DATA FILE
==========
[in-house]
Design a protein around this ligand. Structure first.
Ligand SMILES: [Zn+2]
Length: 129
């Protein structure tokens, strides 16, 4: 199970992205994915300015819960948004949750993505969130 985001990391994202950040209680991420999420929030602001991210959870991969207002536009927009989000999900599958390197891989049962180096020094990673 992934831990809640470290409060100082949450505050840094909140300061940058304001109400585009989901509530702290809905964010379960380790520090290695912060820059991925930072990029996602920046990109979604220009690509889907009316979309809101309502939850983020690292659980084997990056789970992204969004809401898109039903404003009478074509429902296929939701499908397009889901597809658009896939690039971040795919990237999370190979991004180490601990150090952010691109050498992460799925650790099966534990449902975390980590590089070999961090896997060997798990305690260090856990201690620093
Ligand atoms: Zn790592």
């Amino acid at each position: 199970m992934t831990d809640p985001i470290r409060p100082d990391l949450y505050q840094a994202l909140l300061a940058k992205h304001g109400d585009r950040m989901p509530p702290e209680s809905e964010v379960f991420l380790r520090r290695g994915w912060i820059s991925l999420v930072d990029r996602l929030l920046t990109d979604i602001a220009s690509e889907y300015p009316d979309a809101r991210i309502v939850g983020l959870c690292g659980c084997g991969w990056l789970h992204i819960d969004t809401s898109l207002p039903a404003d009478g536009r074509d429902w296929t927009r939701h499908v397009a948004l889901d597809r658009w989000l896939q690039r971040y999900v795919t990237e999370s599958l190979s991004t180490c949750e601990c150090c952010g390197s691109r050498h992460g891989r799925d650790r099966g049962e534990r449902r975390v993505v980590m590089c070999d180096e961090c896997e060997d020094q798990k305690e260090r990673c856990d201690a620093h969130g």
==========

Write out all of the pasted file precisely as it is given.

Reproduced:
[in-house]
Design a protein around this ligand. Structure first.
Ligand SMILES: [Zn+2]
Length: 129
């Protein structure tokens, strides 16, 4: 199970992205994915300015819960948004949750993505969130 985001990391994202950040209680991420999420929030602001991210959870991969207002536009927009989000999900599958390197891989049962180096020094990673 992934831990809640470290409060100082949450505050840094909140300061940058304001109400585009989901509530702290809905964010379960380790520090290695912060820059991925930072990029996602920046990109979604220009690509889907009316979309809101309502939850983020690292659980084997990056789970992204969004809401898109039903404003009478074509429902296929939701499908397009889901597809658009896939690039971040795919990237999370190979991004180490601990150090952010691109050498992460799925650790099966534990449902975390980590590089070999961090896997060997798990305690260090856990201690620093
Ligand atoms: Zn790592």
């Amino acid at each position: 199970m992934t831990d809640p985001i470290r409060p100082d990391l949450y505050q840094a994202l909140l300061a940058k992205h304001g109400d585009r950040m989901p509530p702290e209680s809905e964010v379960f991420l380790r520090r290695g994915w912060i820059s991925l999420v930072d990029r996602l929030l920046t990109d979604i602001a220009s690509e889907y300015p009316d979309a809101r991210i309502v939850g983020l959870c690292g659980c084997g991969w990056l789970h992204i819960d969004t809401s898109l207002p039903a404003d009478g536009r074509d429902w296929t927009r939701h499908v397009a948004l889901d597809r658009w989000l896939q690039r971040y999900v795919t990237e999370s599958l190979s991004t180490c949750e601990c150090c952010g390197s691109r050498h992460g891989r799925d650790r099966g049962e534990r449902r975390v993505v980590m590089c070999d180096e961090c896997e060997d020094q798990k305690e260090r990673c856990d201690a620093h969130g």